I was at summer camp for the first HORDE, but by the next summer I was well-versed in Phish's four albums (Rift coming out that winter) and even had a handful of tapes, comprising mostly disconnected sets, I think. So I was amped to see that one of the three HORDE dates that Phish was on that summer was at the Classic Amphitheater in Richmond, a mere hour and change away. Thank Something I decided to take a year off from camp.

I caught a ride from my brother's friend. He being 19 with more live music experience, he played me the live disc that local guitar wizard Gibb Droll had just put out. I enjoyed it, though I might have enjoyed it more if Peanut had just let me listen to it rather than telling me every two measures what Gibb was doing on the guitar. I only mention this because as an unexpected bonus, The Gibb Droll Band played on a small side stage on the concourse in between almost every mainstage act. I caught every set and was utterly blown away by Gibb's SRV-style shredding, not to mention the bashing and pounding of Mike Williams, the large black man known as "Chocolate Thunder" dwarfing his drum kit. I would see Peanut at these sets, but felt no compunction to hang with him for the rest of the day, so this was for all intents and purposes a solo venture for me.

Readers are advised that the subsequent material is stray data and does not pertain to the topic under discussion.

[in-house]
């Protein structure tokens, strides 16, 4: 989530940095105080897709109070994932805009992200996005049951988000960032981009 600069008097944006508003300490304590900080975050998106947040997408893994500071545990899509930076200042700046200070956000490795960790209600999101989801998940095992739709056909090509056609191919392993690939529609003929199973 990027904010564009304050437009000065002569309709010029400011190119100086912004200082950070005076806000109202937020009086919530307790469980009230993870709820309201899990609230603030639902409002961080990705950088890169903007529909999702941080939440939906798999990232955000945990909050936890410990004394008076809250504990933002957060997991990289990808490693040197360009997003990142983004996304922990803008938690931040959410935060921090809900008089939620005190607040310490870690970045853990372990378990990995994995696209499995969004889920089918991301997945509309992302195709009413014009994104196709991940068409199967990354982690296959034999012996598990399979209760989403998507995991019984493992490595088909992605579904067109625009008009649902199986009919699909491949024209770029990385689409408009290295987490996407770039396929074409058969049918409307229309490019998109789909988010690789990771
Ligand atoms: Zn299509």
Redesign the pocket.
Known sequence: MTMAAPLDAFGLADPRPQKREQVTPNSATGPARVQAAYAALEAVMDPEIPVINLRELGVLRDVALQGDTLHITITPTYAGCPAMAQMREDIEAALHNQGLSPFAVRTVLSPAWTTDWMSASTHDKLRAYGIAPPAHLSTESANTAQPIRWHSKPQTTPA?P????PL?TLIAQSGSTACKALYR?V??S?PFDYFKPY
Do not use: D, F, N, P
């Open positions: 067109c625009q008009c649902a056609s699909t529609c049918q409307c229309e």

, attached to 1993-07-27

Review by bigwnfan

bigwnfan Rating this higher than it probably deserves because it is a unique show in format. Also, this venue provided a flavor for the larger sized amphitheaters the band would come to fill with energy in the years ahead, so it was a nice tease. It was also nice to see so many people who might have been hearing Phish for the first time. That in itself is like a sociological study. Stash had signature moments, and YEM (for the previously curious attendee, yes, Trey and Mike did hit the trampolines) was a crowd pleaser, but the Popper thing took it from a concert to a comedy a fun way.